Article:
?
Class-based economic systems
when a distinct group in society
controls the surplus.
?
Size of surplus often conflictual.
2
This time
? What are markets?
? What do markets
require?
? How can we analyze
markets?
? Demand
? Supply
? Market equilibrium
3
Differences between text (UC) & class
? UC discusses “marginal cost” and “average
cost” – you are not responsible for these
concepts.
? UC emphasizes the role of information and
incentives in markets. Class will also
emphasize market as a rationing method and
allocation mechanism.
4
What are markets?
? Production is social.
? Hence, the output must be
distributed among members
of society.
? Markets: A system of
distribution.
? Markets also can play a role
in determining what is
produced.
5
Definition of a market
A relationship between buyers
and sellers of something, in
which the buyers offer money in
exchange for a good or service.
Voluntary relationship
Does not refer to a place, but activities that
can happen anywhere
Determines the price and quantity that
goods are sold/bought for
6
Competitive Markets
? Markets with large number
of buyers and sellers
? Rivalry between buyers and
sellers means that no one
has control over the price.
Many markets are not competitive in this
sense.
Which of the following is NOT a necessary feature
of a society that has a market economy?
Private property
A stock market
Something that
functions as
money
Self-interest as
an important
motive
8
1.
Well defined
property
relations
Requirements
for Market
Exchange
9
2.
System for
enforcing
exchange
agreements
Requirements
for Market
Exchange
10
3.
Motivation is
self-interest
Requirements
for Market
Exchange
11
4.
Individual
freedom of
participants in
market
exchange
Requirements
for Market
Exchange
12
5.
Equality before
the law for
market
participants
Requirements
for Market
Exchange
13
Simple Model of a Competitive
Market
Assumptions:
1. Homogenous product
2. Large number of buyers and sellers
3. All the exchanges take place at the same
price
#3 implies no real
passage of time
14
Demand curve
Price, P
Shows the quantity buyers would offer
to buy at each possible price
€ 4.50
This demand curve
shows consumer
demand.
• 3 ? 2,500
• 2 ? 5,000
• 1 ? 8,200
€ 4.00
€ 3.50
€ 3.00
€ 2.50
€ 2.00
•
It also shows consumer’s
willingness to pay (WTP).
•
Downward sloping
demand curves fit the
Law of Demand
€ 1.50
€ 1.00
€ 0.50
Demand
(D)
€ 0.00
0
1,000 2,000 3,000 4,000 5,000 6,000 7,000 8,000 9,000
Supply Curve
Shows the quantity producers would
offer to sell at each possible price
Price, P
€ 4.50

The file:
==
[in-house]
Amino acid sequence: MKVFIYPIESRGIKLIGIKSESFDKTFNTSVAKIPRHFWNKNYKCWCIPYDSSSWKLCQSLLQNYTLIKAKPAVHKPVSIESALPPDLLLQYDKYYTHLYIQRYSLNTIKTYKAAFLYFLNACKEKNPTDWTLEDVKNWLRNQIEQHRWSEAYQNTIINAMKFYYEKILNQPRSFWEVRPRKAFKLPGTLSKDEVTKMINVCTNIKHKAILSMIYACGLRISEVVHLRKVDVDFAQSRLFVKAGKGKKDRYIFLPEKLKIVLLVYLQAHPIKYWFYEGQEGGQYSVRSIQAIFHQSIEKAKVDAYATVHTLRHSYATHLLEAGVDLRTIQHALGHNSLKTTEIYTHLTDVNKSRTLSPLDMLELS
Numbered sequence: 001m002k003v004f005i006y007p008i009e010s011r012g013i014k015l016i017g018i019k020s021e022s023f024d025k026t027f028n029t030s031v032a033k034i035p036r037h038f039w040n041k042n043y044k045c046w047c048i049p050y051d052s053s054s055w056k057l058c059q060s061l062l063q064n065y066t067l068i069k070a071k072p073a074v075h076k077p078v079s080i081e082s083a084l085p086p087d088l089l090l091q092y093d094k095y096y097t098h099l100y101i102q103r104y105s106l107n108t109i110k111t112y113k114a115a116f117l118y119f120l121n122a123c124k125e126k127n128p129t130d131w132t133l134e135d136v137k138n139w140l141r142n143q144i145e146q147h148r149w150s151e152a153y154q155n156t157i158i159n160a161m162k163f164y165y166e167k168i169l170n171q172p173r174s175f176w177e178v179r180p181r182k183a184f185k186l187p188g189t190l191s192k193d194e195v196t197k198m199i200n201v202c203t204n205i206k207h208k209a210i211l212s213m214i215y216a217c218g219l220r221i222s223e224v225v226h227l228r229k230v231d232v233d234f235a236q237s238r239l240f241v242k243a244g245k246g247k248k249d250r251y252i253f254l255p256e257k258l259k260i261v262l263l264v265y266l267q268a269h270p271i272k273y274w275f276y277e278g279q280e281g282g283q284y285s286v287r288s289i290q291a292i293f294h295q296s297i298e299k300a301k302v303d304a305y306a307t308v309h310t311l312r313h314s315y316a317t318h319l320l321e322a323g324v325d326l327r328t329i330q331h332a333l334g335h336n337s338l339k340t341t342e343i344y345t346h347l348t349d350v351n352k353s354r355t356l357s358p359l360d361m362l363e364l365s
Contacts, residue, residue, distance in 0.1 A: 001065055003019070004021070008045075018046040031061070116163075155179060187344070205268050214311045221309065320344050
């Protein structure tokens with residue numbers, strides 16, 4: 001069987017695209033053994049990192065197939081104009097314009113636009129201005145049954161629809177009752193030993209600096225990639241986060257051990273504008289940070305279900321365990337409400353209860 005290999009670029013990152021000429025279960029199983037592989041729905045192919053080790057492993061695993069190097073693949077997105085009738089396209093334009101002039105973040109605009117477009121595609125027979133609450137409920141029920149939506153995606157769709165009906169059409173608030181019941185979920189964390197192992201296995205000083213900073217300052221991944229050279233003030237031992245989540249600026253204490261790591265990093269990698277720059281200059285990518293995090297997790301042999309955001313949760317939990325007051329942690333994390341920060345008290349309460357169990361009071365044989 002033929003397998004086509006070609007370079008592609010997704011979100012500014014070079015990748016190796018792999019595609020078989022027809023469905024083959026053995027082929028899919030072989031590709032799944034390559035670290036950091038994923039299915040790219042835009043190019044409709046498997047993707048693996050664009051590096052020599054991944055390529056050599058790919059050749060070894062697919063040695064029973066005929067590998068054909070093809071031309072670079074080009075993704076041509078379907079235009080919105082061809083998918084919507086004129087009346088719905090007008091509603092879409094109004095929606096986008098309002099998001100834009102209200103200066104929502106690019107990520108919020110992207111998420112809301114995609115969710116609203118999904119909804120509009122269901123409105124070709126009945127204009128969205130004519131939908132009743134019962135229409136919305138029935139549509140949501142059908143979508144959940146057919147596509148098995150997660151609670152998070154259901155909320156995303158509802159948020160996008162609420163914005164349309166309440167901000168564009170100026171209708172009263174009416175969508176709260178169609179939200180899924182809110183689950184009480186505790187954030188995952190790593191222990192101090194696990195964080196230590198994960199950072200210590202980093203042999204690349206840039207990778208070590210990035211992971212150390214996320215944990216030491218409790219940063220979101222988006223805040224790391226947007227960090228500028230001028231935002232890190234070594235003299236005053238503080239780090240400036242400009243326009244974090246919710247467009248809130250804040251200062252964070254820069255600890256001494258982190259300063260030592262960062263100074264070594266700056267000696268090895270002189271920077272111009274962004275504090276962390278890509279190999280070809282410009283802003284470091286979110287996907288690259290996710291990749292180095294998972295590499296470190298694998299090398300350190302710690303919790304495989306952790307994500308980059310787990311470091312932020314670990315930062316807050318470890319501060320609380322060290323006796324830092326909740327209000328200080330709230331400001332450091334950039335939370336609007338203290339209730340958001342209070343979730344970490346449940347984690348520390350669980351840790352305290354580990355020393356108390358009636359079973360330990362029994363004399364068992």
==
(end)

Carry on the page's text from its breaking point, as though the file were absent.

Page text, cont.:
This supply curve shows
producer supply.
• 1?0
• 2 ? 5,000
• 3 ? 7,800
•
•
It also shows sellers’
willingness to accept
(WTA).
Upward sloping supply
curves fit the Law of
Supply
Supply (S)
€ 4.00
€ 3.50
€ 3.00
€ 2.50
€ 2.00
€ 1.50
€ 1.00
€ 0.50
€ 0.00
0 1,0002,0003,0004,0005,0006,0007,0008,0009,000
Q, loaves of bread
Price, P
€ 4.50
€ 4.00
The price that equates the supply and
demand is the equilibrium (or market
clearing) price.
Supply (S)
€ 3.50
Equilibrium
€ 3.00
€ 2.50
Market clearing price
€ 2.00
P*
Equilibrium price
€ 1.50
€ 1.00
Demand
(D)
€ 0.50
€ 0.00
0
1,000 2,000 3,000 4,000 5,000 6,000 7,000 8,000 9,00010,000
Quantity, Q
Q*
Demand curve:
Shows the quantity buyers would offer to buy at
each possible price
Supply curve:
Shows the quantity sellers would offer to sell at
each possible price
Market clearing price (P*):
The price at which quantity demanded equals
quantity supplied
18
Price, P
If price is higher than P*, there is excess supply.
€ 4.50
Supply (S)
Suppose price was
3.
€ 4.00
3>2
Qd
€ 3.50
Excess Supply
Qs
€ 3.00
Fewer suppliers will be
willing to sell at the lower
price.
€ 2.50
P* €
Suppliers will lower price to
attract more consumers.
2.00
€ 1.00
The market-clearing price
(P*) is where there are no
forces internal to the
situation pushing it to
change.
€ 0.50
Demand
(D)
€ 1.50
€ 0.00
0
1,000 2,000 3,000 4,000 5,000 6,000 7,000 8,000 9,00010,000
At 3, 2,500 loaves
are demanded.
Q*
AtQuantity,
3, 7,800 loaves
Q
are supplied.
At P*, Qs=Qd
Excess Supply
Notation:
? Qs = quantity supplied
? Qd = quantity demanded
? P = price
? Pm or (P*) = market clearing price, for which
Qs = Qd
20
Price, P If price is lower than P*, there is excess demand.
€ 4.50
Supply (S)
€ 4.00
€ 3.50
€ 3.00
More suppliers will enter the
€ demand
2.50 at the
market to meet
higher prices.
€ 2.00
P*
€ 1.50
The market-clearing price
(P*) is where there are no
forces internal to the
situation pushing it to
change.
At P*, Qs=Qd
Qd
Qs
The price will be bid up by
those demanders who are
unable to buy as much as
they want at the given
price.
€ 1.00
1
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Explanation & Answer:
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Tags:
experimental economics

human economic motivations

smallscale societies